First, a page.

Imagine you’re living with your family in a one bedroom apartment. No matter what you do, you can’t meet the requirements for a traditional mortgage. It’s frustrating to know you’re spinning in a hamster wheel – working and working but not getting anywhere.
Think of the pride and sense of accomplishment you’d feel when you finally turned the key in the door of a home where everyone in the family could have space to thrive. Austin Habitat for Humanity helps people in our community turn that key.
30 Years of Providing Home Ownership
At the end of last month, I had the opportunity to visit Austin Habitat for Humanity’s newest neighborhood just east of the SH 130 toll road. The small community was bustling with activity as I parked my car and strolled down the street to meet Carly Yansak, Austin Habitat for Humanity’s Communications Manager. It was an important day for the volunteers at Habitat for Humanity. A symbolic wall raising was taking place, as well as a key ceremony for six homes.
In fact, this year marks the 30th anniversary of Austin Habitat for Humanity. Started nine years after Habitat for Humanity was founded, the Austin Chapter of the national non-profit has helped hundreds of families experience the pride and excitement that comes with home ownership.
People Helping People
I found Carly at a home under construction near the end of the cul-de-sac, along with future residents Stephanie Limon and her three children. Stephanie’s story is an amazing one and, without going into too much detail, know she’s overcome obstacles that would stop any number of us dead in our tracks.
After talking with Stephanie, I told her I didn’t know if I could’ve brought myself up to where she is now. Now here she is, wrapping up classes at ACC, grasping a scholarship to St. Edward’s and excited about owning a home where her three kids can have privacy and room to grow.
Stephanie Limon’s home is being built by one of Austin Habitat for Humanity’s oldest partners, Catholic Builders. Catholic Builders is one of the many organizations Austin Habitat for Humanity has developed a partnership with since its inception in 1985. This specific partnership began in the mid-90’s after Bishop McCarthy of the Austin Dioceses introduced the two groups. Since the partnership was founded, Catholic Builders has helped Habitat for Humanity build 21 homes in 19 years.
While Catholic Builders is a faith based partner, Habitat for Humanity also has corporate partners. Some of those are national companies like Wells Fargo and GM. Others are local. Part of the event I attended on January 31st was the issuance of house keys to six families. One family was the recipient of “The House That Beer Built.” This house was constructed through a collaboration between Pinthouse Pizza, Twisted X Brewing Co., Austin Beer Garden Brewing Co. and 11 other local brewers who joined together to raise $65K. The Huerta family is excited about calling it home.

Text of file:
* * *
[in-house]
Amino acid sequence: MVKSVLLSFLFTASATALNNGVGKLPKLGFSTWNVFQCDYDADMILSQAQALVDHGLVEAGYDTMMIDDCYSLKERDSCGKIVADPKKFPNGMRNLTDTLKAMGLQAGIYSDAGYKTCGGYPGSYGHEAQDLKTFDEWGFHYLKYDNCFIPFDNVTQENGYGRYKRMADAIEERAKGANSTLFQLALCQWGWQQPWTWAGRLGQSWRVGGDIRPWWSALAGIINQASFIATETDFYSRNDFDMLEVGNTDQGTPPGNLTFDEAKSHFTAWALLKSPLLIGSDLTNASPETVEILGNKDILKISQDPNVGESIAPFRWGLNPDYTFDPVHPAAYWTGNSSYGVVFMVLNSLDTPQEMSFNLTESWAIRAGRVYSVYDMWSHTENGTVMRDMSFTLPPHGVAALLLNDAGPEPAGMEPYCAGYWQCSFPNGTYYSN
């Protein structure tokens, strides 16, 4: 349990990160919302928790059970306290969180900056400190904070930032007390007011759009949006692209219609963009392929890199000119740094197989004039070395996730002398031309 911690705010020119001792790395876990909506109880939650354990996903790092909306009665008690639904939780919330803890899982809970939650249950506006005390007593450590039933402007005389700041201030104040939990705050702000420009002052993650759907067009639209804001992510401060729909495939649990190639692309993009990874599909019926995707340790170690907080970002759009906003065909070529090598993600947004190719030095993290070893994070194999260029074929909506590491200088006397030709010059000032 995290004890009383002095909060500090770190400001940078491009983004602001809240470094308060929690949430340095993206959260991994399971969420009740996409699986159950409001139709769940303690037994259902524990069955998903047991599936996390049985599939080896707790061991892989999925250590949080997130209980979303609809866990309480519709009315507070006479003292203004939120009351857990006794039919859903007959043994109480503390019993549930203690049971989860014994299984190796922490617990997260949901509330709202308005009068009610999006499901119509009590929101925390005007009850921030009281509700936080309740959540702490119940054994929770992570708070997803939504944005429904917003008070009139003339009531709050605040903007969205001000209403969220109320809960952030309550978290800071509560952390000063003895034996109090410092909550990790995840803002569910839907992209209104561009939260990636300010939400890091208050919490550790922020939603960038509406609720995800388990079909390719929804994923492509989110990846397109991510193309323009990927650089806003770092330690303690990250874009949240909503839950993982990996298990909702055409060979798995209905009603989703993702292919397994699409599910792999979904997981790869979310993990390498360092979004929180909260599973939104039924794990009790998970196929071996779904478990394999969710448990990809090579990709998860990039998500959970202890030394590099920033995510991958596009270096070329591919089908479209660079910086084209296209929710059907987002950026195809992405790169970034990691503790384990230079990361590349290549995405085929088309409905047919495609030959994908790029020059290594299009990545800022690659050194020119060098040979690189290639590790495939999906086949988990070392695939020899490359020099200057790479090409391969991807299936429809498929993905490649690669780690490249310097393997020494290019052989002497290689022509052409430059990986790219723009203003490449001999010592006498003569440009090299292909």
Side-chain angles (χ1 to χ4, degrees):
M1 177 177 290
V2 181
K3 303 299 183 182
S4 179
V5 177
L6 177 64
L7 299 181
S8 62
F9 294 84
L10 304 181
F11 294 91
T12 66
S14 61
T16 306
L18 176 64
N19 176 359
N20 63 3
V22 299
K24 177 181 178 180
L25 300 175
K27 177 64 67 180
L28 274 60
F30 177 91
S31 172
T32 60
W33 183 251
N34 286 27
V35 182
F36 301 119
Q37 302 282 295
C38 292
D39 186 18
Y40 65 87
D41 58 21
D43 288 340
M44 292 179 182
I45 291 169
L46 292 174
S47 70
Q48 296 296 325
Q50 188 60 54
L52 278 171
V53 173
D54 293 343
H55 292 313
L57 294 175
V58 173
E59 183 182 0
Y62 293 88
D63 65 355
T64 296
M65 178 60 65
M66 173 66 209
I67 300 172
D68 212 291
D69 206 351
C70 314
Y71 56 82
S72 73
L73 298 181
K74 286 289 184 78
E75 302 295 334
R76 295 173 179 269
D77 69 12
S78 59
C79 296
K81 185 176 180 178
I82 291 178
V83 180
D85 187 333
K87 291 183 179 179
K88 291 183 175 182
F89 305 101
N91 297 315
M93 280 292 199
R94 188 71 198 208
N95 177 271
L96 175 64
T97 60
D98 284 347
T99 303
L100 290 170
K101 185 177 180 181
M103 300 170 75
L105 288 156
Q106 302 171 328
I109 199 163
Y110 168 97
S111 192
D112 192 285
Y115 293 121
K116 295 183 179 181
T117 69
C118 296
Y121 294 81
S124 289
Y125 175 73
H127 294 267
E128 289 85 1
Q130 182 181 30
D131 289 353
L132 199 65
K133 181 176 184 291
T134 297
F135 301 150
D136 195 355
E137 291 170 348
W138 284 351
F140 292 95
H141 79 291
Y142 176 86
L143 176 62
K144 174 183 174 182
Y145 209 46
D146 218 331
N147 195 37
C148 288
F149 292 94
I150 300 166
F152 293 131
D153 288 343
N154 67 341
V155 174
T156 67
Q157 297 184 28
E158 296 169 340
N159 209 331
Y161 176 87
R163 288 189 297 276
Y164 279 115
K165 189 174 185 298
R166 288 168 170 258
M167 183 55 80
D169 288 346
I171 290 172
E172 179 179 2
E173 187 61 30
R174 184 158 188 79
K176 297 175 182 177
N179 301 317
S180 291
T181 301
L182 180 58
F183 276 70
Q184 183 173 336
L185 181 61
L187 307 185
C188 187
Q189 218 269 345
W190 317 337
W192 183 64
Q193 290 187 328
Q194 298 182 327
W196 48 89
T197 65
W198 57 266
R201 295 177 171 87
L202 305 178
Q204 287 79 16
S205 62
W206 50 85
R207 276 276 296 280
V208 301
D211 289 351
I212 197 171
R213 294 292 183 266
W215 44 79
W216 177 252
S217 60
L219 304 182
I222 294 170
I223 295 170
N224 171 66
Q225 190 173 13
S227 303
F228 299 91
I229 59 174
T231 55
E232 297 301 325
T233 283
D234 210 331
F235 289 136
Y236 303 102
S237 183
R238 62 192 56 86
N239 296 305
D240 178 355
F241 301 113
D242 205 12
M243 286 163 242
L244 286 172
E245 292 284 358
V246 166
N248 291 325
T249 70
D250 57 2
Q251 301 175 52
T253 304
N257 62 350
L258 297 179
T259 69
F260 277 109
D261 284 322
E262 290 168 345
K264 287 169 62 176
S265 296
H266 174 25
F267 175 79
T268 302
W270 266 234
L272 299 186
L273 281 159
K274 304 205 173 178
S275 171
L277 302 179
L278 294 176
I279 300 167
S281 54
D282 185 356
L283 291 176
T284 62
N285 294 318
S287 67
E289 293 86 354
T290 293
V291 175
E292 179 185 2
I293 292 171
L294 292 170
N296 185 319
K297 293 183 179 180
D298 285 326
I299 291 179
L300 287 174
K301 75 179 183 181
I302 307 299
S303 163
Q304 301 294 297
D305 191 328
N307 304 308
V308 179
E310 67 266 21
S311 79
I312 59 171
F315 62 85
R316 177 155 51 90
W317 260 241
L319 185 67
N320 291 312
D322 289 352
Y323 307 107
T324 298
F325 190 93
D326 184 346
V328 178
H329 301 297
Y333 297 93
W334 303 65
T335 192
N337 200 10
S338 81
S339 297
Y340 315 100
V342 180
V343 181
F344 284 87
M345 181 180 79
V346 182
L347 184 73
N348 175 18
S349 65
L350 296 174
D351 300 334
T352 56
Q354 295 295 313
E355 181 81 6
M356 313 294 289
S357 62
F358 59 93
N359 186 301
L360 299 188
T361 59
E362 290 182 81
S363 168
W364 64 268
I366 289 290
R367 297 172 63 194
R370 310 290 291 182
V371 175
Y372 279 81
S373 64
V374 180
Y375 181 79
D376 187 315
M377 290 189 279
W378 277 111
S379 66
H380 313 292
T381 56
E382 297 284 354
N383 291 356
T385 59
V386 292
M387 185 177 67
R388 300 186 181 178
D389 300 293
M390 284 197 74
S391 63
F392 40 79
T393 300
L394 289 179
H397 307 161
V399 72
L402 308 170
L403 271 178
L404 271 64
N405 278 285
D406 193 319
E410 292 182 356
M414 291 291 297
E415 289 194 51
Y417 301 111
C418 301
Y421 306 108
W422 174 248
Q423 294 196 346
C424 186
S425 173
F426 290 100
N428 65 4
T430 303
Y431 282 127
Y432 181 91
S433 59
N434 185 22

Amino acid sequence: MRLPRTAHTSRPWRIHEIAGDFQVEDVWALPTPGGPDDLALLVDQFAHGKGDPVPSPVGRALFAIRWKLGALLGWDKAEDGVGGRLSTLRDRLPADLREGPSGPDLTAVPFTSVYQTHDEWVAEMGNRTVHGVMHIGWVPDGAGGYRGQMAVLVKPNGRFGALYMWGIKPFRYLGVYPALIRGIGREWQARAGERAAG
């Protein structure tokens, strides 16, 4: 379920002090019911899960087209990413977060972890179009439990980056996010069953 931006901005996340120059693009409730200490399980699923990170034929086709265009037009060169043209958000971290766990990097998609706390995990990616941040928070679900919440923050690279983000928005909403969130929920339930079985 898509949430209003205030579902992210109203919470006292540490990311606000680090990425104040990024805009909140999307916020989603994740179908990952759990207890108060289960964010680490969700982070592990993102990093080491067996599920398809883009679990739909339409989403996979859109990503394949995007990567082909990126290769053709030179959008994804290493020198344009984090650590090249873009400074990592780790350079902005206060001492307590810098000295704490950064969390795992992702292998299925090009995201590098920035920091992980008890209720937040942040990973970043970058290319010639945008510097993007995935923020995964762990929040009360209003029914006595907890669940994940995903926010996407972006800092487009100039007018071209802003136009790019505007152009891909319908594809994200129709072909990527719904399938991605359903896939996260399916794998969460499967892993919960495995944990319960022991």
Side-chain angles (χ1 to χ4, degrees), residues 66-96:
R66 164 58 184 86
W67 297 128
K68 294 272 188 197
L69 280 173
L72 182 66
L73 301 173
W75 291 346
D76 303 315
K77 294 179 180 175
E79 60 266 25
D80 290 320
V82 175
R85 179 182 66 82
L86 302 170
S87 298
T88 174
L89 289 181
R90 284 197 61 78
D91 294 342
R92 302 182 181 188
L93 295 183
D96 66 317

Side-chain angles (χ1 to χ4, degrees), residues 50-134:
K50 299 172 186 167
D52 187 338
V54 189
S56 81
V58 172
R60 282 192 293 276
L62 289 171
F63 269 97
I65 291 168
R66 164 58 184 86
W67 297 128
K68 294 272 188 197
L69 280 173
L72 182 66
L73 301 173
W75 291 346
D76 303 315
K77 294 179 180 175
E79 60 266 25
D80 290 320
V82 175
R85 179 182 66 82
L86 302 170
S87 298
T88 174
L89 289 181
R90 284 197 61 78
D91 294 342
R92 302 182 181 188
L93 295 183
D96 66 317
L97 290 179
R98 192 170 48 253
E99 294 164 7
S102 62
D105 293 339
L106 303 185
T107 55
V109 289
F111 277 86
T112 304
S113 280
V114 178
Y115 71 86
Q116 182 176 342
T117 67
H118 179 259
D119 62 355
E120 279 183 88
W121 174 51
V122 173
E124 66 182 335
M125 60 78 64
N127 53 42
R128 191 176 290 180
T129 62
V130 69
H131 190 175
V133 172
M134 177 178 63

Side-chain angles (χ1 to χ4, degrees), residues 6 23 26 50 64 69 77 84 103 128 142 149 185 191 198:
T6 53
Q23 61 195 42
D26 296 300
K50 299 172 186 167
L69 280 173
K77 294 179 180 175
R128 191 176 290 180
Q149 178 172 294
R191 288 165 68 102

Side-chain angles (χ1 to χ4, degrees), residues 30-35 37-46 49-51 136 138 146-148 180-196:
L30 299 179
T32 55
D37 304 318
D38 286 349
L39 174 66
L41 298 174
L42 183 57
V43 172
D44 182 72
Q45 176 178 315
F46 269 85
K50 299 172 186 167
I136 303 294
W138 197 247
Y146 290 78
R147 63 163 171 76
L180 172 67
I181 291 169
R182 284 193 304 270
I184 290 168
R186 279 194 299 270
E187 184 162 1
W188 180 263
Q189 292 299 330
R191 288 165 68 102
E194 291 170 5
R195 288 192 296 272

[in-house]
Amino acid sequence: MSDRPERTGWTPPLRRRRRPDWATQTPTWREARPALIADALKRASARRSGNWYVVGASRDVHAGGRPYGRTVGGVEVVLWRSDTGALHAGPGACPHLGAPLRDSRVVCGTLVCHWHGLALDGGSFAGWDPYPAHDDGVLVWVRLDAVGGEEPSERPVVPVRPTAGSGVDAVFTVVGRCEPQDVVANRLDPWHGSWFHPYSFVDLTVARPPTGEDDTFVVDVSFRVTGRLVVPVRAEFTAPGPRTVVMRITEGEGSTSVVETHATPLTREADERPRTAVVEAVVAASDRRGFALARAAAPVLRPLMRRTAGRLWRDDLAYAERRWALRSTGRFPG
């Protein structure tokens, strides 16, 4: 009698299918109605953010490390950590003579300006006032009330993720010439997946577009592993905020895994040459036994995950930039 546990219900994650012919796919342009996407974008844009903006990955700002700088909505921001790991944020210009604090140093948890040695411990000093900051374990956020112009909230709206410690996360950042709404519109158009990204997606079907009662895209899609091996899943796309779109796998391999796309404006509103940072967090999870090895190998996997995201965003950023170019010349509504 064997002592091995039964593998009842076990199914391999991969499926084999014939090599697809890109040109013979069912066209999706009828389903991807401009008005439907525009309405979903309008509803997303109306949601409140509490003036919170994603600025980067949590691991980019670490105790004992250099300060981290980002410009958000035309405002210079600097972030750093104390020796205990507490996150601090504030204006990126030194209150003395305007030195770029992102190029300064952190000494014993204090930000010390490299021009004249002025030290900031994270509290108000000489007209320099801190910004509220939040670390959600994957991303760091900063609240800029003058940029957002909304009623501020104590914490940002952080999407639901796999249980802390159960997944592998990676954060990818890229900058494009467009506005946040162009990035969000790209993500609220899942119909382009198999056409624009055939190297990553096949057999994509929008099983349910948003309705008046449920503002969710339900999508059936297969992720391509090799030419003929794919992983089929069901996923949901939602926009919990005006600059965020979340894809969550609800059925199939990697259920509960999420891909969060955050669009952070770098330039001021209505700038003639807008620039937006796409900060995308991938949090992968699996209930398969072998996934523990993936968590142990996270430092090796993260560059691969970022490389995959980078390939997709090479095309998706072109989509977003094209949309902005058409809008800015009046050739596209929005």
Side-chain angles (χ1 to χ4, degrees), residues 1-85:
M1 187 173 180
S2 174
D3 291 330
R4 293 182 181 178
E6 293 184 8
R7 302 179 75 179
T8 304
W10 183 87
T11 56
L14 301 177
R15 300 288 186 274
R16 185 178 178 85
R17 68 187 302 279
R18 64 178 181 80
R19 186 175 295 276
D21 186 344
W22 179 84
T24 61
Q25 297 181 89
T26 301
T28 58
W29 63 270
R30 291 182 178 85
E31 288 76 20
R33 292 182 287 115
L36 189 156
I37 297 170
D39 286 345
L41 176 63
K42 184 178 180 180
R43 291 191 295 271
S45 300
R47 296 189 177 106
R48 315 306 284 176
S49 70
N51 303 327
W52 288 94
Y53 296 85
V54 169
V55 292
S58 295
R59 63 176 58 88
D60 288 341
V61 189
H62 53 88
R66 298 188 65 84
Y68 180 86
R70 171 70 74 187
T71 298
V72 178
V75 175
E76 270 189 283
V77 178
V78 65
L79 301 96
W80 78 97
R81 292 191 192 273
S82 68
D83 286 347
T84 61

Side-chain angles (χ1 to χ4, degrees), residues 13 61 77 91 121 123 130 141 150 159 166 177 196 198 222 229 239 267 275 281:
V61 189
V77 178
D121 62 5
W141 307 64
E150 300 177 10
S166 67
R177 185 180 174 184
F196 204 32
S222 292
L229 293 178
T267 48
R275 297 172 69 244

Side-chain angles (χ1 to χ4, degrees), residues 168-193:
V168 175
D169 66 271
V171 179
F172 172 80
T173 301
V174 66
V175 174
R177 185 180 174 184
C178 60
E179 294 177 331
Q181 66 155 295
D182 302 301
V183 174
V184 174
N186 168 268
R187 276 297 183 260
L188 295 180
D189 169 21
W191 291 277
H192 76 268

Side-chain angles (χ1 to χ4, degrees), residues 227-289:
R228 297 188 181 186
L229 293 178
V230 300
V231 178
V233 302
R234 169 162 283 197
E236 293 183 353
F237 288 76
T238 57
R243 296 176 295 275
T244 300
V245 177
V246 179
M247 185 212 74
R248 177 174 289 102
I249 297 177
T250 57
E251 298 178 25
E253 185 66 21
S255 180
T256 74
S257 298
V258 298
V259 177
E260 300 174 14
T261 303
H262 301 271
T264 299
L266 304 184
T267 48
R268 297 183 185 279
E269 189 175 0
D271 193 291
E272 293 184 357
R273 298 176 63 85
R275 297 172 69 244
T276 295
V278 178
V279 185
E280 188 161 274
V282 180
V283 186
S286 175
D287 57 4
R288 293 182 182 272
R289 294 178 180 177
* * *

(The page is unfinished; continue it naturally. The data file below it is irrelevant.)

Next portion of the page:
Hand Up, Not Handout
There seems to be a misconception about Habitat for Humanity. People generally think the houses are free. Though Habitat’s modest homes are designed to fit the needs of each family, they are also earned. “We give a hand up, not a handout. Our family partners work hard to get their homes. They have to put down a small down payment, pay a mortgage, go through financial classes and contribute 300 hours of what we call ‘sweat equity.’ We do provide home repair services for the elderly and disabled.”
Sweat equity is when family partners help build other homes. Through the financial education aspect of each partnership, families learn about money management, budgeting, asset protection and more. These classes are mandatory for ownership through Habitat for Humanity. All in all, the system is designed to give people pride in ownership and the tools necessary to move forward not just in home ownership, but in life.
Instead of cutting ribbons during key ceremonies, Habitat for Humanity cuts 2x4s. It’s a way to bring things full circle for the new owners. The families were all smiles as they cut through their boards, and the energy was electric as volunteers and donors saw the culmination of months of hard work.
The homes came with an additional gift: a fully stocked pantry courtesy of Capital Area Food Bank. Every home needs food and the non-perishable gifts from another wonderful non-profit in Austin will last the families a long while.
For three decades, Austin Habitat for Humanity has been giving families a hand up. They can’t do it on their own. They need donations and people willing to swing hammers, carry bags of concrete and roof houses. If you’re interested in helping Habitat for Humanity, visit their website for details.
@ElDavidThomas wants to know:
Do you volunteer? Where?
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